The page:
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Analytical Chemistry

Quantum Cascade Lasers Push Infrared Imaging Closer To The Clinic

High-intensity source could get IR imaging in clinicians’ hands by speeding up data acquisition and enabling use of cheaper, uncooled detectors

by Celia Henry Arnaud
January 5, 2015 | A version of this story appeared in Volume 93, Issue 1

Similar Pictures
Credit: J. Biomed. Opt.
Conventional hematoxylin and eosin staining (purple) and QCL-based IR microscopy (red, blue, green) show similar morphology in mouse intestinal tissue samples.
Micrographs of stained cells compared to a QCL-based IR method.
Credit: J. Biomed. Opt.
Conventional hematoxylin and eosin staining (purple) and QCL-based IR microscopy (red, blue, green) show similar morphology in mouse intestinal tissue samples.

During the past two decades, infrared imaging has shown great promise for mapping tumors and other clinical applications. But conventional IR imaging is slow. The instruments are big. And the detectors must be cooled, often with liquid nitrogen. So the technique has remained out of the hands of physicians.

A new way of capturing IR images might finally change all that.

The secret is a relatively new IR source—the tunable quantum cascade laser (QCL). QCLs are high-intensity IR sources, which now can be tuned over broad wavelength ranges. They can be used with less sensitive detectors than the ones typically used for conventional Fourier transform (FT) IR imaging.

QCLs have enabled what Rohit Bhargava, a bioengineering professor at the University of Illinois, Urbana-Champaign, calls “discrete frequency imaging,” in which a handful of frequencies are collected, one frequency at a time. This type of data acquisition is faster than collecting the whole spectrum.

“There are many cases where you don’t need the whole spectrum,” Bhargava says. For example, to distinguish different kinds of tissues in a sample, his team has found that at most 20 or 30 frequencies are important. And often just two or three are enough.

Conventional FTIR instruments can’t zero in on specific frequencies because they rely on a “globar” source, which is essentially a heated wire. Its low intensity is spread out over the whole mid-IR spectral range. Even though the entire spectrum is collected simultaneously in FTIR, it is slower than QCL because multiple scans and averaging are necessary to achieve the signal-to-noise levels required for most clinical applications.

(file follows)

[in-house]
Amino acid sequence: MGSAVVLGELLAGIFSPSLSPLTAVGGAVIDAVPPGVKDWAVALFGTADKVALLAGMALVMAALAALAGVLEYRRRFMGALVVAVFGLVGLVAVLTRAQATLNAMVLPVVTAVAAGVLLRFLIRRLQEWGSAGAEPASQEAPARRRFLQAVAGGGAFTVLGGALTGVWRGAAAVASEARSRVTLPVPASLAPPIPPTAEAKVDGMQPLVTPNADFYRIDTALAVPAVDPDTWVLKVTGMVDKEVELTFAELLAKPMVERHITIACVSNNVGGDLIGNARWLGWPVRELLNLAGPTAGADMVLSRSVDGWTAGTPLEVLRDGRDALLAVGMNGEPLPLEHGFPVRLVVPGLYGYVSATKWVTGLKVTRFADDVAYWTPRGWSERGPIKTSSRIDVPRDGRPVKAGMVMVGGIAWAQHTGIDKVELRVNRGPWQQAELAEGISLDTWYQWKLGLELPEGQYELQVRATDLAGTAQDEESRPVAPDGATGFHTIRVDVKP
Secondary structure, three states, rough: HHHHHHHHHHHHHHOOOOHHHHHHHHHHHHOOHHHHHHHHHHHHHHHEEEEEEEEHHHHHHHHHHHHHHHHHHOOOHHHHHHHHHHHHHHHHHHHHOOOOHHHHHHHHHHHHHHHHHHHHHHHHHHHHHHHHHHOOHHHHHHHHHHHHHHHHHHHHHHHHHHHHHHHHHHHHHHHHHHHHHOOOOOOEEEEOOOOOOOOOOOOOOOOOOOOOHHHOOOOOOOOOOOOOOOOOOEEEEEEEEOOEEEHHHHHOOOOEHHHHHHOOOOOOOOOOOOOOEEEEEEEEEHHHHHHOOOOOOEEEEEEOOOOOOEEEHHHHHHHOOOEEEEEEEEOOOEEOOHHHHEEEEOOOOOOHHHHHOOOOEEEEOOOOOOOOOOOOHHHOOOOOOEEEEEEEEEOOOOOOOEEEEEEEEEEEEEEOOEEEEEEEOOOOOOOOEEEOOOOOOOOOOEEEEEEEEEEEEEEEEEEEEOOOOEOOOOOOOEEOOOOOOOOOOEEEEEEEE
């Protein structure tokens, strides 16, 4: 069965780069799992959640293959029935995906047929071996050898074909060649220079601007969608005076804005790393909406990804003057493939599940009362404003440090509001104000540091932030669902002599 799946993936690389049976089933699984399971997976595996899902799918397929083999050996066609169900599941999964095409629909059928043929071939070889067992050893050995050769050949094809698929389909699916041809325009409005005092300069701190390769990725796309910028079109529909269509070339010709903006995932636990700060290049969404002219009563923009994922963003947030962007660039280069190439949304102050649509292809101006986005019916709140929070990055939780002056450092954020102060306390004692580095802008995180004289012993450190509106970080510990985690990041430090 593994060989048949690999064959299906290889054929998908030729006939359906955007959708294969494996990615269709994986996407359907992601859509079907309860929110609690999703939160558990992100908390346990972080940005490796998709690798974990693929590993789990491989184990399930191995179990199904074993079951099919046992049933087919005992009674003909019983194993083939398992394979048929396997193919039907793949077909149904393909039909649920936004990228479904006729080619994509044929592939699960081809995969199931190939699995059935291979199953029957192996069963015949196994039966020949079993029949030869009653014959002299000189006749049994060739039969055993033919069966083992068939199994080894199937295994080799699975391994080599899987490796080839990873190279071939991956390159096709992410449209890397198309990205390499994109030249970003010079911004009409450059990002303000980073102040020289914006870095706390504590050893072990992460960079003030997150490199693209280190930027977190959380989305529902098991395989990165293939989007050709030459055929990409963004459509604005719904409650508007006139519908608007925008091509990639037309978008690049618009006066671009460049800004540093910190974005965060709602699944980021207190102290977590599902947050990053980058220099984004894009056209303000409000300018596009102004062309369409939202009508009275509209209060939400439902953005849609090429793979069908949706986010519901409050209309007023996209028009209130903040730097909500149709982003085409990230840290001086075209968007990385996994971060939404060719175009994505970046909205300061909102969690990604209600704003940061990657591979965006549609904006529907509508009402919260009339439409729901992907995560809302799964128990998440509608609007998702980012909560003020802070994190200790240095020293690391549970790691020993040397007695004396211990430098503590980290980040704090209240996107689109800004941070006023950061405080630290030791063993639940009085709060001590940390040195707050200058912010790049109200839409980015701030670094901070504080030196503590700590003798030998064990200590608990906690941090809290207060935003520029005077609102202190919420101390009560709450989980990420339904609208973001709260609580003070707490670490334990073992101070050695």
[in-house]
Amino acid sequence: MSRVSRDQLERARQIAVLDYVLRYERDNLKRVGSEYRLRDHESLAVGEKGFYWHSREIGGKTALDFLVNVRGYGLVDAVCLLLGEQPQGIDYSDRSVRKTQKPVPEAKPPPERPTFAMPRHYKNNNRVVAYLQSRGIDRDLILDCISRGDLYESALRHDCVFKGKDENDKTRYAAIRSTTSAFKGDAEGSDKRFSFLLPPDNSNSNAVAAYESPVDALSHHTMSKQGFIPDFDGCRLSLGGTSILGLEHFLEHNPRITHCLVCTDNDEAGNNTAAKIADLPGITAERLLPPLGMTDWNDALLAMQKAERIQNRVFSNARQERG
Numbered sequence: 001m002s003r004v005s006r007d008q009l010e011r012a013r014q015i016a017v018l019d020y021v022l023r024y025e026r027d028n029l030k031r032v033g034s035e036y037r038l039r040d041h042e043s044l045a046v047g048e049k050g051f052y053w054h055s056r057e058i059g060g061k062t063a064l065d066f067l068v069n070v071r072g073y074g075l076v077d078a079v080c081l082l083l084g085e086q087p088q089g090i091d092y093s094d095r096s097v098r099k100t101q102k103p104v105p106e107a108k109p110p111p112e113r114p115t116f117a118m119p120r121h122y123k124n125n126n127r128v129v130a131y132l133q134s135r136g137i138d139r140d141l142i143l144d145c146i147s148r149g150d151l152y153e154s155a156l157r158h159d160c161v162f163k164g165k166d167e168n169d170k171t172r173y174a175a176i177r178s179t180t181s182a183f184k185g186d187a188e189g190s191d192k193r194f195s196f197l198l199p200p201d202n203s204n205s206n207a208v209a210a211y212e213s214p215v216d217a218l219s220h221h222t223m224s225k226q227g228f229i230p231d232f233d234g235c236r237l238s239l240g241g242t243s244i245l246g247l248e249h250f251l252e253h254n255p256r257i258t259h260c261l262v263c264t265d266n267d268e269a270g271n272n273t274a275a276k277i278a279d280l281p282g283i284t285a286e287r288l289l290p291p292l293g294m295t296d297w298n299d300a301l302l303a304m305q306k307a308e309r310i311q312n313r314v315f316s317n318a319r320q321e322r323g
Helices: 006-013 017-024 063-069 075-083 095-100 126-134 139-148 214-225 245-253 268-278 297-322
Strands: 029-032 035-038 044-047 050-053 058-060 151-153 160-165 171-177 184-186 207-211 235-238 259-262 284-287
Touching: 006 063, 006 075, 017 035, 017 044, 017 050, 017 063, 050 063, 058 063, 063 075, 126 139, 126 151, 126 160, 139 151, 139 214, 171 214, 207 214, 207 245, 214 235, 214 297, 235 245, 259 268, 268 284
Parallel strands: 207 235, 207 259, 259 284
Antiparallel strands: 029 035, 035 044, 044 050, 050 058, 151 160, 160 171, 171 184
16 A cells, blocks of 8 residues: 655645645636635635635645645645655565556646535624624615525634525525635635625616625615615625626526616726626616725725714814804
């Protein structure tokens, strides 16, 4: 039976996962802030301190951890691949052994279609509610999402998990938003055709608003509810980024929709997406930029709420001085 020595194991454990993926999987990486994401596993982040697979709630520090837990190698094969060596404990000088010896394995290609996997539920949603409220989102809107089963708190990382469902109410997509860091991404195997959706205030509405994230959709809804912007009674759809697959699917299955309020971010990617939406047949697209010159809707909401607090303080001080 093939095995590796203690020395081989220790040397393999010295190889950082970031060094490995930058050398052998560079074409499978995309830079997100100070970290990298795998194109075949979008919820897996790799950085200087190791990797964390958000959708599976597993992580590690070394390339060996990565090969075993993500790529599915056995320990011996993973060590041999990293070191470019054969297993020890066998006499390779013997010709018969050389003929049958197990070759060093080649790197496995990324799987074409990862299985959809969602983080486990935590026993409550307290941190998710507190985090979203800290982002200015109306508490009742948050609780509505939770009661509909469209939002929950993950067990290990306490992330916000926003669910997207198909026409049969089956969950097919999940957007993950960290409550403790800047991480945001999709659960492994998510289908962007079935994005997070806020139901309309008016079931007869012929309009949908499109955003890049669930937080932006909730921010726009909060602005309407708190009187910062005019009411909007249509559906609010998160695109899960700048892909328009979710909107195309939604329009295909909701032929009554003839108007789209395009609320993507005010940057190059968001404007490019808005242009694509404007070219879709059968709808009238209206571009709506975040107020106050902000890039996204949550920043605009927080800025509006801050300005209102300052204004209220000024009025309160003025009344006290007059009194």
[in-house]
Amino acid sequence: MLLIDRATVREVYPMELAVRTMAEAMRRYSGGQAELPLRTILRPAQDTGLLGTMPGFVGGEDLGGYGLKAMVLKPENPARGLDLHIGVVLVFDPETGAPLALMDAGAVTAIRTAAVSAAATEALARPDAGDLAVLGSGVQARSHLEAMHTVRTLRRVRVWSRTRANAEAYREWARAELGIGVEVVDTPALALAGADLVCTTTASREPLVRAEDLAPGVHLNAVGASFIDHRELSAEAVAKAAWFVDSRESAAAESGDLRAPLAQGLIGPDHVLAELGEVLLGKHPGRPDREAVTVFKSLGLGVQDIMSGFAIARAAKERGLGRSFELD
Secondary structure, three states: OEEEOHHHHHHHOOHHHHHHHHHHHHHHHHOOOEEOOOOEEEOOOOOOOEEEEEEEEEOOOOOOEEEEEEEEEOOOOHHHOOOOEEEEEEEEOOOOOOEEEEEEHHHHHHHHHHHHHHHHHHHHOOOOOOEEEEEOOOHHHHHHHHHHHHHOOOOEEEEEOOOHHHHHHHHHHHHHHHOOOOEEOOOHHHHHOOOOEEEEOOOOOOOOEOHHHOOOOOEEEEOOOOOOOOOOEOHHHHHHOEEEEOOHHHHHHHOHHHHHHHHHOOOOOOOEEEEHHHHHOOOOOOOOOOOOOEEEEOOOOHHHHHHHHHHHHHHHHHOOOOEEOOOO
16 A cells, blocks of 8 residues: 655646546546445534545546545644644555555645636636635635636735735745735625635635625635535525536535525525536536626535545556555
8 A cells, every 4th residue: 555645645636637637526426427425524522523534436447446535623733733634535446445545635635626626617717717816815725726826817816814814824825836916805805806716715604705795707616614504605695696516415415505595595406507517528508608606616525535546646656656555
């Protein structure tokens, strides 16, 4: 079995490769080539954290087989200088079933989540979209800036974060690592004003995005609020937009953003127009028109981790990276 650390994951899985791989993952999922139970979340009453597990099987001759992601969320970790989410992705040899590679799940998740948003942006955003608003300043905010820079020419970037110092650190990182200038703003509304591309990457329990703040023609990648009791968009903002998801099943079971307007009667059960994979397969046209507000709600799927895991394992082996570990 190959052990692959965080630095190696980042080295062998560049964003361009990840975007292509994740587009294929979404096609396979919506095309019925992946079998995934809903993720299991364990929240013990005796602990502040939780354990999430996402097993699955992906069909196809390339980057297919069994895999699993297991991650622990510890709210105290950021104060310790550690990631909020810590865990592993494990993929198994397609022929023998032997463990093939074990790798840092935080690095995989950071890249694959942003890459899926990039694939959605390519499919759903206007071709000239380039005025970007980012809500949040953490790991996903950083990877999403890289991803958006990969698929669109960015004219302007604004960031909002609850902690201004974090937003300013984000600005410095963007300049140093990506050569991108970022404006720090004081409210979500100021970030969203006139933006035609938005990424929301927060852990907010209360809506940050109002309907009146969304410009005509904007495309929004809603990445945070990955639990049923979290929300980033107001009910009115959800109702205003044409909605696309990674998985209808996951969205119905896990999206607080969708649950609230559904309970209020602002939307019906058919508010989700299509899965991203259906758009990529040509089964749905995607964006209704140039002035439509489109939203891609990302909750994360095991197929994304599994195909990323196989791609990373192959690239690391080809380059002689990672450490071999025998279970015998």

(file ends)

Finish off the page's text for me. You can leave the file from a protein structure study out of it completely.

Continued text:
QCLs have also allowed scientists to look at samples they couldn’t look at before. The switch from globars to QCLs “means many more photons per spectral bandwidth—orders of magnitude more,” says Wolfgang Petrich, a professor at the University of Heidelberg, in Germany. The extra photons allow the analysis of samples that would otherwise yield insufficient signal-to-noise ratios, such as water-rich samples that swamp IR peaks of interest.

At the moment, scientists do almost all IR imaging on dried cells, “because infrared doesn’t go through water very well,” says Peter Gardner, a spectroscopist at the University of Manchester, in England. “I think the QCL system will be very good at that. You’ve got more power to punch through the water, which allows you to obtain a spectrum of a living cell.”

For other samples, scientists can use a less sensitive but also less expensive detector, Petrich notes. For example, QCLs can be used with microbolometer array detectors, which measure IR radiation as heat. Unlike the mercury cadmium telluride (MCT) detectors used in FTIR imaging, bolometers don’t need to be cooled with liquid nitrogen, making them less expensive and easier to operate. And they come in larger formats that allow scientists to acquire images from a larger field of view.

Until now, researchers have been required to build their own QCL-based instruments. San Diego-based Daylight Solutions has started selling a QCL microscope called Spero for IR imaging applications. The system includes a tunable QCL source that covers the spectral region from 900 to 1,800 cm−1, the so-called fingerprint region in IR spectroscopy (Analyst 2014, DOI: 10.1039/c4an00638k). The company hopes that its commercial instrument will encourage clinical use.

Despite the strengths of QCL IR microscopy, none of the researchers plans to throw away his FTIR instrument anytime soon.

In applications where the full spectrum is needed because the frequencies of interest aren’t already known, it makes sense to go with the FTIR, Petrich says. But he thinks that using FTIR is probably unnecessary in biomedical imaging. “In biomedical IR spectroscopy, we know where our molecules of interest sit.”

Petrich’s group recently compared QCL imaging with FTIR mapping and imaging of mouse intestinal tissue (J. Biomed. Opt. 2014, DOI: 10.1117/1.jbo.19.11.111607). The acquisition time was significantly shorter and the field of view was significantly larger for the QCL images.

And Bhargava’s group recently reported that QCL imaging was faster than FTIR imaging by a factor of 1,100/N, where N was the number of spectral features (Anal. Chem. 2014, DOI: 10.1021/ac5027513).

These results suggest a bright future for QCL imaging, but even its advocates don’t expect it to reach the clinic immediately.

“We’re interested in trying to get into pathology departments,” Gardner says. “But it will be many years before this would be used routinely for regular patient diagnosis in the hospital.”



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